Philadelphia dignitaries were on hand for the ribbon cutting of a mobile computer lab, called NOMAD. The roving van is part of a program to expand access to computers and the internet around the city. It’s the latest of 77 efforts to offer more computer access around Philadelphia.
“People can’t live any more if they’re not engaged with the technology,” said Bob Nelson, head of the non-profit Philadelphia Opportunities Industrialization Center, which will be NOMAD’s home base. “It’s amazing, even to me at this age where you press buttons and the world opens up.”
He says access to a computer is essential for his clients’ educational achievement, from doing homework to preparing for the GED exam.”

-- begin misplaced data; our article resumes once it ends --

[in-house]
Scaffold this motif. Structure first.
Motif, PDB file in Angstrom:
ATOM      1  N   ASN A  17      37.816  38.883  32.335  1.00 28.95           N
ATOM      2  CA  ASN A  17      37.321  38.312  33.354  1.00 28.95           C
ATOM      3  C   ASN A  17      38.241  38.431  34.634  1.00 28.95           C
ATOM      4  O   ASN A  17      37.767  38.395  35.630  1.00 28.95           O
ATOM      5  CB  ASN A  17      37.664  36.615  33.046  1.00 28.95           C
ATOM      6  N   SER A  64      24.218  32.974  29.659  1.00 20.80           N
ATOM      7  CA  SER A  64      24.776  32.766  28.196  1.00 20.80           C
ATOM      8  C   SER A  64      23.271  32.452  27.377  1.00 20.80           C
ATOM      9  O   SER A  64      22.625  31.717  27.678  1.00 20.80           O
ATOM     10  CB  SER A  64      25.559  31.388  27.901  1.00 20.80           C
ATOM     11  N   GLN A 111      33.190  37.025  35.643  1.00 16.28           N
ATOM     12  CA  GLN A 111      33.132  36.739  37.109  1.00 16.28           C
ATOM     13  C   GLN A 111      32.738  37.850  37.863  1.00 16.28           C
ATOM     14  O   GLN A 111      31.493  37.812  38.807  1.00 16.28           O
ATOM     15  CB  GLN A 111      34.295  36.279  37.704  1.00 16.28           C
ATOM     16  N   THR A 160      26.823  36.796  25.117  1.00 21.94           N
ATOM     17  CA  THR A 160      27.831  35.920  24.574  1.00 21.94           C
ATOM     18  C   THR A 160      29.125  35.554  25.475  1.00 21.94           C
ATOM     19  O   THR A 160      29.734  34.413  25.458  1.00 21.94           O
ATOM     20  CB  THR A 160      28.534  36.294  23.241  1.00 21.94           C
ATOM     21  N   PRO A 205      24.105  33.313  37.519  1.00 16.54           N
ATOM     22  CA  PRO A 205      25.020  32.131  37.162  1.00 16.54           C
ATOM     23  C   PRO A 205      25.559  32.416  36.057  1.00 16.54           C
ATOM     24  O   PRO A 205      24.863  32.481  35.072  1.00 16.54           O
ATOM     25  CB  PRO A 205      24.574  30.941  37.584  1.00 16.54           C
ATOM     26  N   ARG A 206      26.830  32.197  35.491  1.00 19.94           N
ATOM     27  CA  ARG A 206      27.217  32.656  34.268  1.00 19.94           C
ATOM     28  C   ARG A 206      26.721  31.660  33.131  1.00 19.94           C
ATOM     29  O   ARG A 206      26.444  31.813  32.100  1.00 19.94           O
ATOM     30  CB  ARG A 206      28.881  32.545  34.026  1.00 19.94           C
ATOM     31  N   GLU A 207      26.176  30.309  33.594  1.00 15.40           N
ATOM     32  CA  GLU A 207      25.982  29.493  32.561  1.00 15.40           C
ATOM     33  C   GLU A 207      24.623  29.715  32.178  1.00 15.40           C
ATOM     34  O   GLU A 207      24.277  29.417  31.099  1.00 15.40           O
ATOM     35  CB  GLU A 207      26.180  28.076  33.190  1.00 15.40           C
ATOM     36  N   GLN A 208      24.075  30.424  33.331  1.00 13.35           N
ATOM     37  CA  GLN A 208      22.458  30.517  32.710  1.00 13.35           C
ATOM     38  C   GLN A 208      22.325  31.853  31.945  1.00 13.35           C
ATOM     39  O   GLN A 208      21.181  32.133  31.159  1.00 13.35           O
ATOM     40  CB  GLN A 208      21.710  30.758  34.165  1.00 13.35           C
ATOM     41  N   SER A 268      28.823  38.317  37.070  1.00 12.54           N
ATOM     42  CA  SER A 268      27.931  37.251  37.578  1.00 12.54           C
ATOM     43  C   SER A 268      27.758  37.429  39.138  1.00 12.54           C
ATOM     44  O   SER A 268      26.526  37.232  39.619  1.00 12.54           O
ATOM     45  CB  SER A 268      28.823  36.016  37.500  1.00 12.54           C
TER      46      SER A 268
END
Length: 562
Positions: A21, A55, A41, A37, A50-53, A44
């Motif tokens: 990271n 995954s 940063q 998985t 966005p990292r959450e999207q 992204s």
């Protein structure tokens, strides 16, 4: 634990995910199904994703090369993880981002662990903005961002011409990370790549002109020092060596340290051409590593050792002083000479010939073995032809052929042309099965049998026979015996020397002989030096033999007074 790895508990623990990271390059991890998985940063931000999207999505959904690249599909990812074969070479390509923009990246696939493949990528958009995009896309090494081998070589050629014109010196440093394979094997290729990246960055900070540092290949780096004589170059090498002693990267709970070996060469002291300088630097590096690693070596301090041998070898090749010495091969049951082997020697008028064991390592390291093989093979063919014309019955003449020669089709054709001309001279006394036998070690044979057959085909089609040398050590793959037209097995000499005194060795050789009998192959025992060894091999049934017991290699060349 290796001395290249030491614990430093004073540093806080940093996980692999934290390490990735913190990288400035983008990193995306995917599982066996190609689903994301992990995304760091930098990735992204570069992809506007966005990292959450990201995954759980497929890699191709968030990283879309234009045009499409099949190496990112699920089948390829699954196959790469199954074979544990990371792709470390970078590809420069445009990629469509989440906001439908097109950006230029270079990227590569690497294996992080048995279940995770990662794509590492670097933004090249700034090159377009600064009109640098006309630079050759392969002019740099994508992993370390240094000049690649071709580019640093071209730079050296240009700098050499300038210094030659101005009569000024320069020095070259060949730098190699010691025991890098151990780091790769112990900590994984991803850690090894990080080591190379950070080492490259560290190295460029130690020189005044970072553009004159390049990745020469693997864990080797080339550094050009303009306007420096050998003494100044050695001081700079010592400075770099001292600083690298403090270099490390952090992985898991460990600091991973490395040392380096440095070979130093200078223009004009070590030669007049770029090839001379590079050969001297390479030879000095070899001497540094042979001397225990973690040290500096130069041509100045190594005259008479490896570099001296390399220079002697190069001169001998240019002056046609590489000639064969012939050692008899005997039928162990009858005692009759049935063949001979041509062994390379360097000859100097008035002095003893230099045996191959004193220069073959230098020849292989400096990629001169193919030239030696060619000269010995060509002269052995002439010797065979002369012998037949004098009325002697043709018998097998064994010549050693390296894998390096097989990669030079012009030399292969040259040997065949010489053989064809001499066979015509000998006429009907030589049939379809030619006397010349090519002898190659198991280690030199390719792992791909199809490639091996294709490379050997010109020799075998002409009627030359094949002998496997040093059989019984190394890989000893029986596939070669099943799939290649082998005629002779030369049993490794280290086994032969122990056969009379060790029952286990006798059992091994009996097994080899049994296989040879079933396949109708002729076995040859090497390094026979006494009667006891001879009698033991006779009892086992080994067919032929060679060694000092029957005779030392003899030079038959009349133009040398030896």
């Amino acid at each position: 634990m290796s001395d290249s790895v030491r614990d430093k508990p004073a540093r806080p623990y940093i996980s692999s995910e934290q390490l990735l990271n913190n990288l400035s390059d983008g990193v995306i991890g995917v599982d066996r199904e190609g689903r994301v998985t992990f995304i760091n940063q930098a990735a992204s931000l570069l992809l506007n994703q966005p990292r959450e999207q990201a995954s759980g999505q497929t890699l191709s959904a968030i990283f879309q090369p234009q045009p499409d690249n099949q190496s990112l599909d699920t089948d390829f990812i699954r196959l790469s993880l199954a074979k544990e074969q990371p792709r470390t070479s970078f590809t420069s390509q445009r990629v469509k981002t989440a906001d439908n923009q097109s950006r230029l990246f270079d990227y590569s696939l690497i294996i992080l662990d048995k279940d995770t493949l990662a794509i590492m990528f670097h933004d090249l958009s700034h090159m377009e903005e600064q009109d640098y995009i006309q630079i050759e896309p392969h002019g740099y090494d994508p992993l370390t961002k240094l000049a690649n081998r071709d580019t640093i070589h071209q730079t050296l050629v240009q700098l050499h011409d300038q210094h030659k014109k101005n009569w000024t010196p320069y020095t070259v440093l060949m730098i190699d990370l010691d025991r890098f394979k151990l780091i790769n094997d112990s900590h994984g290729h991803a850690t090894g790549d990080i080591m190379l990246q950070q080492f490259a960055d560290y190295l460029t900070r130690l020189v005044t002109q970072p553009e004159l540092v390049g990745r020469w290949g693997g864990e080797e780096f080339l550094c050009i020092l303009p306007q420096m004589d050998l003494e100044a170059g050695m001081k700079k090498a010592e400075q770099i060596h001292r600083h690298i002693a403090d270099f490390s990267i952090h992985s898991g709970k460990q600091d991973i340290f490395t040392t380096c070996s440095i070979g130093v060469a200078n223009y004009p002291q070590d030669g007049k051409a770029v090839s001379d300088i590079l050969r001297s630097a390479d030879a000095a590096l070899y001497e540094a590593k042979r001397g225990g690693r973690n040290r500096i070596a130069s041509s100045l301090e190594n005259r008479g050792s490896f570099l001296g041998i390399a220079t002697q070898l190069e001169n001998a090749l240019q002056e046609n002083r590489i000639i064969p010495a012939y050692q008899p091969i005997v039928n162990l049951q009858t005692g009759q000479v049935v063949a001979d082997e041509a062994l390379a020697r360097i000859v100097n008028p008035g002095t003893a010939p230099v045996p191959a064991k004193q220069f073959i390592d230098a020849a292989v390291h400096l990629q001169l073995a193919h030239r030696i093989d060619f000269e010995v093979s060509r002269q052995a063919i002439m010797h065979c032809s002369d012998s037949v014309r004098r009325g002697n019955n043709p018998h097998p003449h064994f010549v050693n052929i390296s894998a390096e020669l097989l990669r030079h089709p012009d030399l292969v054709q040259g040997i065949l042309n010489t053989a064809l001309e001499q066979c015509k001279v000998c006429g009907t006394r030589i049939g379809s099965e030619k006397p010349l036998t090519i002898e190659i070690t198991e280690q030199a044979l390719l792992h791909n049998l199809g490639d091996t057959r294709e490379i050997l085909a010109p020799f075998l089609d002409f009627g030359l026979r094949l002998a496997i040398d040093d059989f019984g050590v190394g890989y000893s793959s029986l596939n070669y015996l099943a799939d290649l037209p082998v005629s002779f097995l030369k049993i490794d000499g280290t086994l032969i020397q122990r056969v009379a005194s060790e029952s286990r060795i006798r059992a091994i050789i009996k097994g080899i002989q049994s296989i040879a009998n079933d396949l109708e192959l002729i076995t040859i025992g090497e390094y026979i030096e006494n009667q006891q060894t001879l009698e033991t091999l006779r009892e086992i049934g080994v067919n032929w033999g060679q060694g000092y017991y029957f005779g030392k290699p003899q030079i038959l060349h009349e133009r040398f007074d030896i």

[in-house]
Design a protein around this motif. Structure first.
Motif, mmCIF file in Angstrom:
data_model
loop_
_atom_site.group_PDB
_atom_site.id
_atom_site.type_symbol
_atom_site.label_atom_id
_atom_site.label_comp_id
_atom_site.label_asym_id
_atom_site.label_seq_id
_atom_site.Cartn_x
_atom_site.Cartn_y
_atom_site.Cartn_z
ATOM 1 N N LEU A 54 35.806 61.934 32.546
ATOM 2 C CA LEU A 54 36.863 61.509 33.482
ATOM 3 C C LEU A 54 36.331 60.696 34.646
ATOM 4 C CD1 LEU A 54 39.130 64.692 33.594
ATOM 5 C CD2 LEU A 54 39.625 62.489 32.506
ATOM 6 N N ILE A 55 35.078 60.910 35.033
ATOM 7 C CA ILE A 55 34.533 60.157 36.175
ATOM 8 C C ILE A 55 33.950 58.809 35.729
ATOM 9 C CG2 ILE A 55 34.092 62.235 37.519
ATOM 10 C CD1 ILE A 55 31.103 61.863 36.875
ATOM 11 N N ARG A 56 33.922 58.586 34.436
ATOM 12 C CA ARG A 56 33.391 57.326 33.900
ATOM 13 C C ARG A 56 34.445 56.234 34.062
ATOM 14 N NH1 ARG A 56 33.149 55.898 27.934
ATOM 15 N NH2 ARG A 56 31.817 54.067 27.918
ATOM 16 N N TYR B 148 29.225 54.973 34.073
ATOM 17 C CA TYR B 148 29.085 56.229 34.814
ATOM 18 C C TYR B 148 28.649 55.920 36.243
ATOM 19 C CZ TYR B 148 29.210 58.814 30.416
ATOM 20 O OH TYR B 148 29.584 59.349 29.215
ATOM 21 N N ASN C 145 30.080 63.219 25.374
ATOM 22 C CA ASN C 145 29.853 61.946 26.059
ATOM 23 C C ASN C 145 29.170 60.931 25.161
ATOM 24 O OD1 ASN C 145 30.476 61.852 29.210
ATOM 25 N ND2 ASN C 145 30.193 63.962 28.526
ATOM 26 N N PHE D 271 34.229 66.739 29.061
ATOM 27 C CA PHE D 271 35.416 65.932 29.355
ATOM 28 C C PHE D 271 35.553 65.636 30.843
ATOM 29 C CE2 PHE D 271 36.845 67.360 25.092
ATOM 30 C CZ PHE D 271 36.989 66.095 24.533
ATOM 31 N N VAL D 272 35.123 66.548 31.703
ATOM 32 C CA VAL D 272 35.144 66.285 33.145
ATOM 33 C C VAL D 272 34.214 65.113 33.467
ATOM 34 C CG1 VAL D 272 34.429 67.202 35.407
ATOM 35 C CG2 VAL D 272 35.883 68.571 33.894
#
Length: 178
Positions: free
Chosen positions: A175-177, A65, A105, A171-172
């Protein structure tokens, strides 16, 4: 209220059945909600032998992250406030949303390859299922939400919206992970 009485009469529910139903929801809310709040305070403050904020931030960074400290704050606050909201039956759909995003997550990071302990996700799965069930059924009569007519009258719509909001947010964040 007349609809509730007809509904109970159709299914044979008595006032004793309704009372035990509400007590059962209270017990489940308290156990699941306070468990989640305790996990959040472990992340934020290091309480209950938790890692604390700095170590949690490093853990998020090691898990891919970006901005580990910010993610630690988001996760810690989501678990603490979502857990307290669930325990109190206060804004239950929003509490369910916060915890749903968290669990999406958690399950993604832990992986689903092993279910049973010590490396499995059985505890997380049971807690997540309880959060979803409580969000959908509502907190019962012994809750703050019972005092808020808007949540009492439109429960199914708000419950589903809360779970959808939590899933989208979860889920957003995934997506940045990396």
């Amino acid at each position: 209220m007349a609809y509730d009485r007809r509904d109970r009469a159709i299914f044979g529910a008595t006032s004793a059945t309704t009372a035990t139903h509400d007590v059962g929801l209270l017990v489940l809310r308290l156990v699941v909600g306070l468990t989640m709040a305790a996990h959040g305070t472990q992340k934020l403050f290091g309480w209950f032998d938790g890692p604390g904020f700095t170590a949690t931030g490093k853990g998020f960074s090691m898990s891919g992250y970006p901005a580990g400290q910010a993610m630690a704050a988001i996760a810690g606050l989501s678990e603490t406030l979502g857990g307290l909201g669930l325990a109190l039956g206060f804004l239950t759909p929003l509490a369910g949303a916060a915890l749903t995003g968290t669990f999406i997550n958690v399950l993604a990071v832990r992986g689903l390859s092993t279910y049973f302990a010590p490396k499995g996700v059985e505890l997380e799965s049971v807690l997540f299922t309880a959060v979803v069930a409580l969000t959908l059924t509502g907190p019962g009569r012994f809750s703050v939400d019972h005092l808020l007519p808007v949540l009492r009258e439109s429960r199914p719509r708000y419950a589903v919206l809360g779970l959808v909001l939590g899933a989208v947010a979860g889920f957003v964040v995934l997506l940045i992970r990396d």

The new computers will supplement the technology available at OIC. The van will also make stops at schools, churches and other community centers to help expand digital access.
Shamia Farrell is very excited to start teaching technology classes here at the center. “Everything that’s going on, it’s going straight to the computers,” said Farrell. “So if you don’t have any type of computer literacy, you’re going to be like oh, god i’m going crazy.”Seventy “keyspots” have been installed around the city, funded through federal stimulus programs.